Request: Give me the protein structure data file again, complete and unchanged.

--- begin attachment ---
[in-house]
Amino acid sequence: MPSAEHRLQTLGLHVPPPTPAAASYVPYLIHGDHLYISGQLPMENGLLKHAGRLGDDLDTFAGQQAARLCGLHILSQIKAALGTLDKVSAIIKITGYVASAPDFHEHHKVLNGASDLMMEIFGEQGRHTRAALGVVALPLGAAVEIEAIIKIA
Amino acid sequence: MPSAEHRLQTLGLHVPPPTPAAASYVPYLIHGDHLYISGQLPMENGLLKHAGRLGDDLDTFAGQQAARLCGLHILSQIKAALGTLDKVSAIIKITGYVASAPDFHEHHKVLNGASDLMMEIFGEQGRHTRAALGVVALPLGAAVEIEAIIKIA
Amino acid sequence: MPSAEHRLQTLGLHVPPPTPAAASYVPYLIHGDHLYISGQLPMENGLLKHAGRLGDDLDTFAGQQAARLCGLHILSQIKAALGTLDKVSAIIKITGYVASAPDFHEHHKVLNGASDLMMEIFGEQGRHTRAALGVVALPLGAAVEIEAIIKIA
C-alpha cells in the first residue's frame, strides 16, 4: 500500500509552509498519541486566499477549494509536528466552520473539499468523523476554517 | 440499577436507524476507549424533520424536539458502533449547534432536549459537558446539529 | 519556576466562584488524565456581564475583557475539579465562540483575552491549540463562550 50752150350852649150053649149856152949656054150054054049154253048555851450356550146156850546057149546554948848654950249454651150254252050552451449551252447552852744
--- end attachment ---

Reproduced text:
[in-house]
Amino acid sequence: MPSAEHRLQTLGLHVPPPTPAAASYVPYLIHGDHLYISGQLPMENGLLKHAGRLGDDLDTFAGQQAARLCGLHILSQIKAALGTLDKVSAIIKITGYVASAPDFHEHHKVLNGASDLMMEIFGEQGRHTRAALGVVALPLGAAVEIEAIIKIA
Amino acid sequence: MPSAEHRLQTLGLHVPPPTPAAASYVPYLIHGDHLYISGQLPMENGLLKHAGRLGDDLDTFAGQQAARLCGLHILSQIKAALGTLDKVSAIIKITGYVASAPDFHEHHKVLNGASDLMMEIFGEQGRHTRAALGVVALPLGAAVEIEAIIKIA
Amino acid sequence: MPSAEHRLQTLGLHVPPPTPAAASYVPYLIHGDHLYISGQLPMENGLLKHAGRLGDDLDTFAGQQAARLCGLHILSQIKAALGTLDKVSAIIKITGYVASAPDFHEHHKVLNGASDLMMEIFGEQGRHTRAALGVVALPLGAAVEIEAIIKIA
C-alpha cells in the first residue's frame, strides 16, 4: 500500500509552509498519541486566499477549494509536528466552520473539499468523523476554517 | 440499577436507524476507549424533520424536539458502533449547534432536549459537558446539529 | 519556576466562584488524565456581564475583557475539579465562540483575552491549540463562550 50752150350852649150053649149856152949656054150054054049154253048555851450356550146156850546057149546554948848654950249454651150254252050552451449551252447552852744